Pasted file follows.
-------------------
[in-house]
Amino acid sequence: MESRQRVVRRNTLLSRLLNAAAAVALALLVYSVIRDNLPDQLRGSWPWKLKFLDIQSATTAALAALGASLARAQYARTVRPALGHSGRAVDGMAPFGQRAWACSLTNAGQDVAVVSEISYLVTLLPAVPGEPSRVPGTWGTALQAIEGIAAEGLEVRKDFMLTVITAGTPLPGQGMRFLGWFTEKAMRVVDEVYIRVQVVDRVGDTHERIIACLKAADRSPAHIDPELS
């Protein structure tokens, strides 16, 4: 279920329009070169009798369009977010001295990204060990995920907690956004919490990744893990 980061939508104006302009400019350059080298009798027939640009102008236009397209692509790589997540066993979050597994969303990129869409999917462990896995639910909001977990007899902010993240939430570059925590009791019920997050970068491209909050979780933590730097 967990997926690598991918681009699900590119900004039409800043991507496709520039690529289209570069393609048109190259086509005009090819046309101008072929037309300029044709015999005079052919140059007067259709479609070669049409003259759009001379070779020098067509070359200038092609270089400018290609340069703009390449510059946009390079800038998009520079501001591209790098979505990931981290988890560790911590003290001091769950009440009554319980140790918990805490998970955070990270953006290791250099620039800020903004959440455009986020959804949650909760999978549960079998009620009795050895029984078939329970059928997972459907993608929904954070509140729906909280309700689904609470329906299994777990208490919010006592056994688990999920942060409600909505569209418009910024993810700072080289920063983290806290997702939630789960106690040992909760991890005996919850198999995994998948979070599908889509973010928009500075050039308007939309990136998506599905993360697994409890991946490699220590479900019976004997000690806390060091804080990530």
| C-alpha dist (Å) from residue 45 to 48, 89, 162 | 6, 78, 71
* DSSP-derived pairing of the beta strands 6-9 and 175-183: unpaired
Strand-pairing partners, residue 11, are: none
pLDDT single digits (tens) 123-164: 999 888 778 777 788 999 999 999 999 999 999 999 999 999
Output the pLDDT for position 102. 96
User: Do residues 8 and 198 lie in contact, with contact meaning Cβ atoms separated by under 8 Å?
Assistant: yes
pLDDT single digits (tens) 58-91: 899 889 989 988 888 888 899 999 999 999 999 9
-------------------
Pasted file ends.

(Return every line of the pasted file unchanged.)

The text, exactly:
[in-house]
Amino acid sequence: MESRQRVVRRNTLLSRLLNAAAAVALALLVYSVIRDNLPDQLRGSWPWKLKFLDIQSATTAALAALGASLARAQYARTVRPALGHSGRAVDGMAPFGQRAWACSLTNAGQDVAVVSEISYLVTLLPAVPGEPSRVPGTWGTALQAIEGIAAEGLEVRKDFMLTVITAGTPLPGQGMRFLGWFTEKAMRVVDEVYIRVQVVDRVGDTHERIIACLKAADRSPAHIDPELS
């Protein structure tokens, strides 16, 4: 279920329009070169009798369009977010001295990204060990995920907690956004919490990744893990 980061939508104006302009400019350059080298009798027939640009102008236009397209692509790589997540066993979050597994969303990129869409999917462990896995639910909001977990007899902010993240939430570059925590009791019920997050970068491209909050979780933590730097 967990997926690598991918681009699900590119900004039409800043991507496709520039690529289209570069393609048109190259086509005009090819046309101008072929037309300029044709015999005079052919140059007067259709479609070669049409003259759009001379070779020098067509070359200038092609270089400018290609340069703009390449510059946009390079800038998009520079501001591209790098979505990931981290988890560790911590003290001091769950009440009554319980140790918990805490998970955070990270953006290791250099620039800020903004959440455009986020959804949650909760999978549960079998009620009795050895029984078939329970059928997972459907993608929904954070509140729906909280309700689904609470329906299994777990208490919010006592056994688990999920942060409600909505569209418009910024993810700072080289920063983290806290997702939630789960106690040992909760991890005996919850198999995994998948979070599908889509973010928009500075050039308007939309990136998506599905993360697994409890991946490699220590479900019976004997000690806390060091804080990530």
| C-alpha dist (Å) from residue 45 to 48, 89, 162 | 6, 78, 71
* DSSP-derived pairing of the beta strands 6-9 and 175-183: unpaired
Strand-pairing partners, residue 11, are: none
pLDDT single digits (tens) 123-164: 999 888 778 777 788 999 999 999 999 999 999 999 999 999
Output the pLDDT for position 102. 96
User: Do residues 8 and 198 lie in contact, with contact meaning Cβ atoms separated by under 8 Å?
Assistant: yes
pLDDT single digits (tens) 58-91: 899 889 989 988 888 888 899 999 999 999 999 9